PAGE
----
Our work on Goal 2
Goal 2: Zero Hunger
As one of the world’s leading research institutions and the UK’s first university to have social responsibility as a core goal, we’re tackling the SDGs in four inter-related ways: through our research, learning and students, public engagement activity and operations.
Here’s a selection of our work addressing Goal 2.
Through the Diverseafood project, our researchers are investigating how seafood can contribute to sustainable, healthy diets.
They are assessing the best methods to transition to more diverse seafood intake by looking at the impacts of sustainable aquaculture at the levels of business models, policy, and consumer acceptance.
In northern India’s rural communities, increased exposure to high concentrations of arsenic and other chemicals found in groundwater has contributed to a rise in cancer and cardiovascular disease, adding to the public health inequalities and poor health outcomes of the region.
Our Department of Earth and Environmental Sciences has shown the importance of rice as an exposure route for inorganic arsenic where microbes promote its release from materials such as sand and silt.
This research led to recommendations focusing on rice selection and preparation techniques, highlighting the dangers of groundwater irrigation.
Learning and students
Since its inception in 2013, the UK’s first student-led and campus-based foodbank, Manchester Central Foodbank, has helped thousands of local citizens with food insecurity.
This included developing an online store and delivery system for vulnerable and isolated people, and providing 70,000 meals during the pandemic in 2020.
Our BA Geography students undertake a Food and Farming unit covering hunger, ethical consumerism, environmental sustainability, animal rights and social equity.
Biosciences undergraduates take a Plants for the Future unit exploring how plant biology can address social and environmental challenges.
Through a Green Biotechnology unit, students engage with the latest developments in sustainable food production, energy generation and pharmaceutical production.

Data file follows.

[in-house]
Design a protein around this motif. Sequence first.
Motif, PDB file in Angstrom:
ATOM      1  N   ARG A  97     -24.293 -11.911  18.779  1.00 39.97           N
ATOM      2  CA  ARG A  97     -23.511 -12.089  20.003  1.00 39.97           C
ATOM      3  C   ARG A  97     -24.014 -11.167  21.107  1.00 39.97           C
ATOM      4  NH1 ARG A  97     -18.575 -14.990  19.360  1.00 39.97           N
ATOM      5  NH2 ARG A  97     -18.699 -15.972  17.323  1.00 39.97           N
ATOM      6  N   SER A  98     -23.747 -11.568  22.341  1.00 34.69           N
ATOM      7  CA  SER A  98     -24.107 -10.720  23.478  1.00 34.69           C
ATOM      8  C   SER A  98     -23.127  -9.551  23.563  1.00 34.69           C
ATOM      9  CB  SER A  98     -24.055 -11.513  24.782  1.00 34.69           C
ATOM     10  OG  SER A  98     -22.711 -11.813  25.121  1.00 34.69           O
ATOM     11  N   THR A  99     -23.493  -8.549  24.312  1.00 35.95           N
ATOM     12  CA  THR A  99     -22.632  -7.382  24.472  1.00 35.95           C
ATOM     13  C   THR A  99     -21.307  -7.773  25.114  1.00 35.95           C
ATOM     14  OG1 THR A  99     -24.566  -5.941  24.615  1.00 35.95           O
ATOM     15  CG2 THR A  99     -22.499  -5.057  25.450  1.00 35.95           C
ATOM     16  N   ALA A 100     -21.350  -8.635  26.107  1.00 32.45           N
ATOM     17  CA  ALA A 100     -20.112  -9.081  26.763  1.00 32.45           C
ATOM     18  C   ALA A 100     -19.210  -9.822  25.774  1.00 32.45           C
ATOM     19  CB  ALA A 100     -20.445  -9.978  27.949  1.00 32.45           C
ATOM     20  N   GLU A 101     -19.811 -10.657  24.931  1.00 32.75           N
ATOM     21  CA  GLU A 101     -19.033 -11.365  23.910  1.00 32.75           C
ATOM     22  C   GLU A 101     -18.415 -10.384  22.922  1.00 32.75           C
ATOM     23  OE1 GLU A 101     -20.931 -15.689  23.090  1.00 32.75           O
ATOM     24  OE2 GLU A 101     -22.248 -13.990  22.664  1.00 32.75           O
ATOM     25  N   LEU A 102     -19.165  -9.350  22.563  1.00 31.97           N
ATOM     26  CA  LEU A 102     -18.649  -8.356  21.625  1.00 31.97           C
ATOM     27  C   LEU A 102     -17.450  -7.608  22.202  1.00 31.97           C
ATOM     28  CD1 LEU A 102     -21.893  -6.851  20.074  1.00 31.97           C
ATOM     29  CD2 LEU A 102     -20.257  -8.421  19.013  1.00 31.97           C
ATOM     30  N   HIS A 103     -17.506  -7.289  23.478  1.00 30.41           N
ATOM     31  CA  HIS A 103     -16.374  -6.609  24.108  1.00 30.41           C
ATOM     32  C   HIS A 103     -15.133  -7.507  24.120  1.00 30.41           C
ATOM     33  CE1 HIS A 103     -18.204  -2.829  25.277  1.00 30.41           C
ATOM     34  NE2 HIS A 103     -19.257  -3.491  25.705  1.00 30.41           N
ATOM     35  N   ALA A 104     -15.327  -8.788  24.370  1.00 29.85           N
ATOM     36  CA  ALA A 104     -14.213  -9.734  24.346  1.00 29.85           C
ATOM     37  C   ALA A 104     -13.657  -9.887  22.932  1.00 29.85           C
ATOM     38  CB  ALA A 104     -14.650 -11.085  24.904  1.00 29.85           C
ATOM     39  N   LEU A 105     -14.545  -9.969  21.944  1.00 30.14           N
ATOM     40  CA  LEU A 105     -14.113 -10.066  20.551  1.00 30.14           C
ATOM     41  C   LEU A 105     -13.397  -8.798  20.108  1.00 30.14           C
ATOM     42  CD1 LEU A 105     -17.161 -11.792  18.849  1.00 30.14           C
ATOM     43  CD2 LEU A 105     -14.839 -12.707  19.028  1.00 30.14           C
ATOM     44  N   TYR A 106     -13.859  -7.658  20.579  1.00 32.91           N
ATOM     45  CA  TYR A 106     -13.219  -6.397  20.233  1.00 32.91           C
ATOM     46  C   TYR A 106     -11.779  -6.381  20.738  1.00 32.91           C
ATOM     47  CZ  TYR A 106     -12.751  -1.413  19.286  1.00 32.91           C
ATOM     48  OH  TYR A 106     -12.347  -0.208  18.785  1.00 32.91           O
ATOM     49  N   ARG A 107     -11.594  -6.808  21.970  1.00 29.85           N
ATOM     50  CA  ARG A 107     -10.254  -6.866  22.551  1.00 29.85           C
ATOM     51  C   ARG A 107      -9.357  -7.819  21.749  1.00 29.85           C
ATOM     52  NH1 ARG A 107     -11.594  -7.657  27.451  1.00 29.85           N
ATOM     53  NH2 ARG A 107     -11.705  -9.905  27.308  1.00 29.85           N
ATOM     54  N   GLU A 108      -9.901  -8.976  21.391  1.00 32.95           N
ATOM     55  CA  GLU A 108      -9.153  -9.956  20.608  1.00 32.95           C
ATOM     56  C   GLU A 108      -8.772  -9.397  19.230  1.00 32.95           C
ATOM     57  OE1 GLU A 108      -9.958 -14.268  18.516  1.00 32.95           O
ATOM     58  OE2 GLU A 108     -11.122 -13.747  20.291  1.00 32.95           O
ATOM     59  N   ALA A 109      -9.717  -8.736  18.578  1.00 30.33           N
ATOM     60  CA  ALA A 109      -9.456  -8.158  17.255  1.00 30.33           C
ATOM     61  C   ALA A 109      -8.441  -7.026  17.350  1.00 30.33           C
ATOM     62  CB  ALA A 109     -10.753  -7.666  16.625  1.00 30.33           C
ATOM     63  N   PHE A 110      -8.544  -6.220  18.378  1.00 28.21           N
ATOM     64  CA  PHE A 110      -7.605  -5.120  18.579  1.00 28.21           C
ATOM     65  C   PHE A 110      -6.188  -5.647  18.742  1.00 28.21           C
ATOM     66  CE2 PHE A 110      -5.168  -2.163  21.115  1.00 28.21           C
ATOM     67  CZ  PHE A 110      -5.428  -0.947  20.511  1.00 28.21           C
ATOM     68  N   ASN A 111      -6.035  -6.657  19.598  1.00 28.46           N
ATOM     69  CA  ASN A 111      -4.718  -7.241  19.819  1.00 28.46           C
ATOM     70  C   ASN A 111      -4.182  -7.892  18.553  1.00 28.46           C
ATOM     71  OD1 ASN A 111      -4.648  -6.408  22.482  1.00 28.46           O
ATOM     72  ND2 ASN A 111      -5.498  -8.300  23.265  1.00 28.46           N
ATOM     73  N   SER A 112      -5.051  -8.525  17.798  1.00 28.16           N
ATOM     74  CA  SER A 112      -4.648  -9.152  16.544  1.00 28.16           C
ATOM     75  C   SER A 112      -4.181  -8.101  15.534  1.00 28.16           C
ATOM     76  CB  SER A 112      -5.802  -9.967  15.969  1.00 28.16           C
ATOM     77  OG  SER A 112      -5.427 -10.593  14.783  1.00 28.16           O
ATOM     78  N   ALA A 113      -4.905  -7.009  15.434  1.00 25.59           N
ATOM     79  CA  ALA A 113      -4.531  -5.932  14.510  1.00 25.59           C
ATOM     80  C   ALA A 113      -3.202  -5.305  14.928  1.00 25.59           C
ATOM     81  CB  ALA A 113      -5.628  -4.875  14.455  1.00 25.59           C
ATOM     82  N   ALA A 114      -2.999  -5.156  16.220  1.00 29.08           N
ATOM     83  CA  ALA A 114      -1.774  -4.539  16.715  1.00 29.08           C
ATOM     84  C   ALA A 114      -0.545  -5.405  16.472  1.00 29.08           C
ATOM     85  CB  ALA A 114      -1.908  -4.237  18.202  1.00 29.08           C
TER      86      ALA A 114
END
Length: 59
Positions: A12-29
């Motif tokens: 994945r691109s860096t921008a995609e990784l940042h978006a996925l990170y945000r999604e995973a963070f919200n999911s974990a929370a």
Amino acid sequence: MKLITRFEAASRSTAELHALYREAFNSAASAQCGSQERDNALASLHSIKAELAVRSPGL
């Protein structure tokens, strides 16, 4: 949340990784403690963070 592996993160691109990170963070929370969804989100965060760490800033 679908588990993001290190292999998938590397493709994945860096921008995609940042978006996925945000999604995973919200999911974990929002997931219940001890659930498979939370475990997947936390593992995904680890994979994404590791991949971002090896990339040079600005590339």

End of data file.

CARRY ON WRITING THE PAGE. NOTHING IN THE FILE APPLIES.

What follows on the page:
As part of our world-leading FutureDAMS programme, we’ve produced a guide (PDF) to propose a series of steps and principles for conducting public, private and community stakeholder engagement in decision-making around water-energy-food-environment (WEFE) interventions.
This is underpinned by the principle that better decisions are generated when a broad range of stakeholders are included in a genuinely participatory manner.
Millions of smallholder farmers worldwide lack access to reliable and cost-effective water supplies for irrigation.
We’re working with small-scale farmers in Africa and Asia, governments and development agencies to design and assess technological, economical and institutional solutions to improve water access, livelihoods, and resilience to climate change.
Our student-run, campus zero waste shop, Want Not Waste, holds a community fridge.
This contains food from unsold meals offered by local business and surplus raw ingredients provided by our catering outlets.
Stocking these items combats local food waste while helping to tackle food insecurity within our own university community.
We support the Kindling Trust, a local organisation aiming to combat climate change, biodiversity loss, and economic inequity, by challenging and subverting the industrial food system. We buy vegetables through Kindling’s operatives and have taken shares in Kindling Farm – a new blueprint for fair, organic and ecological farming.